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Costa Rican riches: Buen Provecho serves up Central American cuisine

Patacones at Buen Provecho are made from unripe plantains sliced and fried and then mashed and fried again. (Richard S. Dargan/For The Journal)

Facing demolition a little more than a decade ago, the El Vado Motel on West Central got a reprieve.

The city bought the Route 66 landmark and had it restored as a mixed-use development. El Vado’s Pueblo Revival details, including its mock vigas and undulating parapets, got a spruce-up, as did the multicolored neon sign that evokes a distant era in American travel.

Restaurants and shops now operate behind formerly boarded-up windows and doors. Where a decaying parking lot once sprouted weeds, diners eat and drink at gleaming picnic tables.

El Vado’s food court has a handful of carry-out places carved into the former rooms and carports of the motel. Established operations like Rude Boy Cookies share the court with upstarts like Buen Provecho, Costa Rican-born Kattia Rojas’ restaurant that grew out of her success at the Sunday Rail Yards market.

Buen Provecho – the name refers to the Spanish version of the French expression bon appétit – was drawing most of the visitors on a recent weekday lunch hour. It’s cramped inside, with a counter crowded with baked goods up front and a kitchen in the back. There’s no seating. You order, get a number and wait either at one of the oval metal picnic benches in the courtyard or inside a taproom across the way that serves beers from Ponderosa Brewery in the Sawmill District. The taproom has the added bonus of a kiva fireplace that was part of the old motel lobby.

The restaurant serves up signature Costa Rican dishes like the must-try patacones ($5), green plantain slices that are fried, flattened and fried again. The unripe fruit holds up well to the cooking, producing a crisp coating and a chewy, starchy center. A drizzle of roasted garlic-cilantro aioli, a sprinkle of sharp queso fresco and scoop of pico de gallo are there to add heat and flavor. The five patties are enough for a shareable appetizer or a stand-alone meal.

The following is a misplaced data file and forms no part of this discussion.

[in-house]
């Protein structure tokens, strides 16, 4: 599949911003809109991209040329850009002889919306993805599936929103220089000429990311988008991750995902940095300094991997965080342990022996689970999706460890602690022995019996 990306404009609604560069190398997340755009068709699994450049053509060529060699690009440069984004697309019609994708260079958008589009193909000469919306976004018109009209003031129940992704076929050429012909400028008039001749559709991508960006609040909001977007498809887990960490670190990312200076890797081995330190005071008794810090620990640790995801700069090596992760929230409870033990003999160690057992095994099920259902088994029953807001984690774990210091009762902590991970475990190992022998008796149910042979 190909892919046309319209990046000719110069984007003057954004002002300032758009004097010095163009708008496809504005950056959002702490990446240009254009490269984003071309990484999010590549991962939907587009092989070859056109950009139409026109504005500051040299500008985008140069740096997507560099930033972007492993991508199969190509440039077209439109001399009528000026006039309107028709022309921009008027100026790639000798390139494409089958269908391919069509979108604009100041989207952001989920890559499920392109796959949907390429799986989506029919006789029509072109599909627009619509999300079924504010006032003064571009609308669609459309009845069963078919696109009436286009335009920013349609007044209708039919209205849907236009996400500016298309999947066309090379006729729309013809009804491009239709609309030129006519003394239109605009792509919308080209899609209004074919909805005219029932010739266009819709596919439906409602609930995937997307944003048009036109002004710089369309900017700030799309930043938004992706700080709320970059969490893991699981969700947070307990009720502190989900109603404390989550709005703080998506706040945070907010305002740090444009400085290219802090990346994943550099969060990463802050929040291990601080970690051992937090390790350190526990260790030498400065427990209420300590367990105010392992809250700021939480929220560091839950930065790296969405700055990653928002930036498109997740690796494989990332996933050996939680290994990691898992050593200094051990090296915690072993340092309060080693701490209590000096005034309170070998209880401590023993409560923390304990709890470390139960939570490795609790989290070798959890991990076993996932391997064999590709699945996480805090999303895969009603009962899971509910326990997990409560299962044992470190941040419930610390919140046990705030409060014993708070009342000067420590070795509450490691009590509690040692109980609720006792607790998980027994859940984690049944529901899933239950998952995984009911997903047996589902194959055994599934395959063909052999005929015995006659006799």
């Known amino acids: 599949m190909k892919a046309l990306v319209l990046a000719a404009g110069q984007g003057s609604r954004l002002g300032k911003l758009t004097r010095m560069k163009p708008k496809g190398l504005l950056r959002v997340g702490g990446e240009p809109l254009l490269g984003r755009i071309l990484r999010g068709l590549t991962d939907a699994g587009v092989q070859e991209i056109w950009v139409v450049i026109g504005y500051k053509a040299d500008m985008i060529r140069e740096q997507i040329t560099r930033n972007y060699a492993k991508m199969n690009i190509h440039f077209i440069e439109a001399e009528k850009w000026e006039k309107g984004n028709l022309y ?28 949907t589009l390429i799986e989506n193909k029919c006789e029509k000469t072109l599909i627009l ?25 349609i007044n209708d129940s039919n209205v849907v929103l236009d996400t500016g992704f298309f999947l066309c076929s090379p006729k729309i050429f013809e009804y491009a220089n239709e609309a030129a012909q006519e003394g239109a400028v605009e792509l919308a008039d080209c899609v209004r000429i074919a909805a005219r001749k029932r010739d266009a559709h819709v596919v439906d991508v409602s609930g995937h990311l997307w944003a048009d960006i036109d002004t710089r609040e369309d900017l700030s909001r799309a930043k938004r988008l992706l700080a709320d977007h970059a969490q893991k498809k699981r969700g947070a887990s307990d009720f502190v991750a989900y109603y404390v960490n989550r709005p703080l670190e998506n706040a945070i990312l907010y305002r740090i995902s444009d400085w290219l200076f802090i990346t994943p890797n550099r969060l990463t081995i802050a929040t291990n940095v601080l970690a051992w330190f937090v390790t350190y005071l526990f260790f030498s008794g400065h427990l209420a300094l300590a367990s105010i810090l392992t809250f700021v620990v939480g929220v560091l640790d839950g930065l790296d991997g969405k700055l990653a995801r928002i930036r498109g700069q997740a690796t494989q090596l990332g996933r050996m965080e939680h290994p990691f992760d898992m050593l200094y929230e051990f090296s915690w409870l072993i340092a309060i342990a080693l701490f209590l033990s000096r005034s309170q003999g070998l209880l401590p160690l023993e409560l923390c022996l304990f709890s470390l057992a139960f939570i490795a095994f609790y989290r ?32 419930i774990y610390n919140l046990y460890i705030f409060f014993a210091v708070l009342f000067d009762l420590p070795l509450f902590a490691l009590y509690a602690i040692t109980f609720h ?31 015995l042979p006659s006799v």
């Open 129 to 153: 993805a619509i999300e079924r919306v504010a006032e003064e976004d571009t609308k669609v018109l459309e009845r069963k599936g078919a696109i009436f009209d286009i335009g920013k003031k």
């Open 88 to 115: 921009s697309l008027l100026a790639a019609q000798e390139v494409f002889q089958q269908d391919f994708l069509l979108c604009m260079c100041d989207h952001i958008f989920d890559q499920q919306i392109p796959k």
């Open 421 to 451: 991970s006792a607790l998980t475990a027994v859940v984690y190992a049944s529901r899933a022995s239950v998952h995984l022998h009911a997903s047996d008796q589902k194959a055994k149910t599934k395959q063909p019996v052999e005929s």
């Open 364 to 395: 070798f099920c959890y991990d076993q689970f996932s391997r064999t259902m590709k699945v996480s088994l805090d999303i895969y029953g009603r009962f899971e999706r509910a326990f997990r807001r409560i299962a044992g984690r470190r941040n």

Buen Provecho’s arroz con pollo is an example of Costa Rican casados, meals that wed rice, beans and protein into a cohesive whole. (Richard S. Dargan/For The Journal)

The menu offers three versions of the Costa Rican dinner staple known as casados. The name, drawn from the Spanish word for marriage, reflects a union of rice, beans and protein into one cohesive whole. Arroz con pollo ($10.50), a tightly packed dome of rice yellow with achiote seasoning and embedded with peas, carrots and tender pieces of chicken, is a great example of this. The dish comes with outstanding yucca fries and sweet plantains – basically, ripe versions of the ones served in the patacones. Queso fresco, spicy aioli and black beans bring salt and heat.

Costa Rican-style tamales wrapped in banana leaves are a departure from the corn-husk-wrapped varieties with the dense masa filling so common to these parts. The wrapping imparts a slight green banana flavor, and the masa winds up very moist, almost like polenta. Buen Provecho offers four varieties, including a pork tamale ($6) with hunks of slow-cooked pork, garbanzo beans, peas and carrots embedded in the masa. With the vegetarian option ($5.00), you get three kinds of roasted peppers and cheddar cheese. A small cup of red chile sauce delivers a sorely needed jolt.

Beverages include a special roast of Costa Rica’s famous coffee and six flavors of agua fresca ($4.50). The tangy sweetness of the passion fruit, served in a cup of ice pulverized to an almost snow-cone consistency, makes it a good match for the food.

Even if it wasn’t part of El Vado, Buen Provecho would be worth a trip. The setting makes it that much more special.